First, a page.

In Read v. Nichols (118 N. Y. 224), it appeared that at the close of the evidence the counsel for the plaintiff presented to the court thirteen separate requests to charge. Some were charged as requested, some were charged in a modified form, and others refused. At the close of the

Raymond Connor, etc., Respondent, v. Met. Street Ry. Co., Appellant.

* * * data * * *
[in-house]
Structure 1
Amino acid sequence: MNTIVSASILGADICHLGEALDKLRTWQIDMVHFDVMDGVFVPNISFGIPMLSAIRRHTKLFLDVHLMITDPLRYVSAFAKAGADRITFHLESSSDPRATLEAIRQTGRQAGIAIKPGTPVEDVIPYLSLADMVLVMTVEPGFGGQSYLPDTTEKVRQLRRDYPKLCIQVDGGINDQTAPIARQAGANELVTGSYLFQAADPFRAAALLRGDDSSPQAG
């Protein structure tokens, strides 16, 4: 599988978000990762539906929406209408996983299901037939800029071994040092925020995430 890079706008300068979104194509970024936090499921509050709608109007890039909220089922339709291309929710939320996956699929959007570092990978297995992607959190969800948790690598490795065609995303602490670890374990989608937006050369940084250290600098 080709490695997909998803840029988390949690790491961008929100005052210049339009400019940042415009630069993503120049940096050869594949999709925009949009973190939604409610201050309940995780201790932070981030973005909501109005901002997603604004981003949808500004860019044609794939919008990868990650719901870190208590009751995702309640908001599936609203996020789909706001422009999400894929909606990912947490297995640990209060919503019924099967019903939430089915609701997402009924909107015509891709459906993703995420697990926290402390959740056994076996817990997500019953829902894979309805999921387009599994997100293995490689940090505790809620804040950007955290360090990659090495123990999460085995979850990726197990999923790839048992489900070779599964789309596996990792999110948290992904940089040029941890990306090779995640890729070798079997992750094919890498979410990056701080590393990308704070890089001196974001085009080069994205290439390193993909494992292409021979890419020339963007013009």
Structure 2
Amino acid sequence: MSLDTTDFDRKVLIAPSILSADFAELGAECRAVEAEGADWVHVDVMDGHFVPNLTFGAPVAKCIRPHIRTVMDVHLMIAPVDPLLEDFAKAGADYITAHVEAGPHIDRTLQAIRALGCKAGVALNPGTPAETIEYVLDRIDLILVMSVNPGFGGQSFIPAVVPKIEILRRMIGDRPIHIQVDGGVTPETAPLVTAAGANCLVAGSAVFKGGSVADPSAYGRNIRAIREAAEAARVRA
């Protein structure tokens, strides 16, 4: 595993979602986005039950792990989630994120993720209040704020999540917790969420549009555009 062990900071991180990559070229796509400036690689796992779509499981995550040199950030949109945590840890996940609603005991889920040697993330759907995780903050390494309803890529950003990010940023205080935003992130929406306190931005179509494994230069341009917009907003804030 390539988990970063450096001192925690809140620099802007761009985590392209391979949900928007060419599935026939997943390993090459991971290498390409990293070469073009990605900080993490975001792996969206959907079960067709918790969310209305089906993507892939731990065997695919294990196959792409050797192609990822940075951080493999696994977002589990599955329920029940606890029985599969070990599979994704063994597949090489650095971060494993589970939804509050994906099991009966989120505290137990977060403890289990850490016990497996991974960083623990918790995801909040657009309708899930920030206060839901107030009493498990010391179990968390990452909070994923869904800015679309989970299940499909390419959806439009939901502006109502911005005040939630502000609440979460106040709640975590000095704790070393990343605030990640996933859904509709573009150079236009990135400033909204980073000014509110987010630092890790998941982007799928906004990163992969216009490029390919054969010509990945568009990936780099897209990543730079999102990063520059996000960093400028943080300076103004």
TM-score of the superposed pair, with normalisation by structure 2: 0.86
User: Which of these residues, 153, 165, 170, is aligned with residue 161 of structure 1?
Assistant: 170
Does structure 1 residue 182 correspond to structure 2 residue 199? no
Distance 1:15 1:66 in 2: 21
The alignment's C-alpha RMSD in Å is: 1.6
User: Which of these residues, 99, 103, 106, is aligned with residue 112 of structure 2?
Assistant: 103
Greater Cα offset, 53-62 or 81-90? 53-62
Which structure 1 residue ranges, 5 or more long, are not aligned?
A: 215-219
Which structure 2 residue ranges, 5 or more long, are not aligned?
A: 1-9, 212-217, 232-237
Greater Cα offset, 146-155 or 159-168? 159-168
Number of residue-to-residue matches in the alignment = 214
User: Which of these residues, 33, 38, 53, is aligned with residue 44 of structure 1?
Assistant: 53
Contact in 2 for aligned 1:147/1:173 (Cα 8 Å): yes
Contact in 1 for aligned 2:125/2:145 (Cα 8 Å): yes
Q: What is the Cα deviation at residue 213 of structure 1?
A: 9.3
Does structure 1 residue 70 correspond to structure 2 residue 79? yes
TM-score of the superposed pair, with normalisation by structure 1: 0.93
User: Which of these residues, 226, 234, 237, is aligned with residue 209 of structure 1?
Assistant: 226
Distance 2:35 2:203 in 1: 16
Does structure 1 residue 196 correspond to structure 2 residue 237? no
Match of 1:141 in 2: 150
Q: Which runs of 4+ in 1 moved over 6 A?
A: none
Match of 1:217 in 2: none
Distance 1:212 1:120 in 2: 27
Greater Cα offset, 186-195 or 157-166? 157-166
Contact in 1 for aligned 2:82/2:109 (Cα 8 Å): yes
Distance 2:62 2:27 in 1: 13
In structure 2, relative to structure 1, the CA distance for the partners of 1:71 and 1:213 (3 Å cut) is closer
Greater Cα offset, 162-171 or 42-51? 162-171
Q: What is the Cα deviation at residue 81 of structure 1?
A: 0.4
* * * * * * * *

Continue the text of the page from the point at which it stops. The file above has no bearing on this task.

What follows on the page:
charge counsel stated that he excepted to the refusal to charge as requested by plaintiff's counsel in so far as the court did refuse, and to each of the refusals to charge as requested. It was held that this exception was not sufficiently definite and specific to present a question for review. In Huerzeller v. C. T. RR. (139 N. Y. 490), it appeared that at the close of the evidence the trial court charged the jury, and there were many requests by both sides to charge, some of which were granted and some refused. After the charge was finished and the jury had retired, counsel for the defendant excepted to the granting of the requests on the other side, and a refusal to charge those of the defendant's counsel. There was no other exception to the charge or refusal to charge, and it was said: "It is conceded by the learned counsel for the defendant that this general exception was wholly insufficient to present any question for review in this court; and so we have uniformly held” (citing the cases to which attention has been called. To the same effect is Piper v. N. Y. C. & H. R. RR. (89 Hun, 75). This last case was reversed by the Court of Appeals (156 N. Y. 22), but that reversal was upon the ground that the plaintiff was guilty of contributory negligence, and for that reason it was held that the complaint should have been dismissed. The rule to be adduced from these cases requires that a party excepting to a charge to a jury must by some exception point to the specific proposition which the court has charged or refused to charge, or to a specific ruling on a refusal to charge to which counsel supposed himself entitled. Where several requests are made, some of which are charged and some refused, the attention of the court must be called to the ruling refusing a specific request by an exception taken to that ruling; an exception generally to the refusal of the court to charge as requested is not sufficiently specific. In McKinley v. Met. St. R'y, decided herewith, after the requests to charge had been presented on both sides, they were ruled upon separately, and when counsel for the de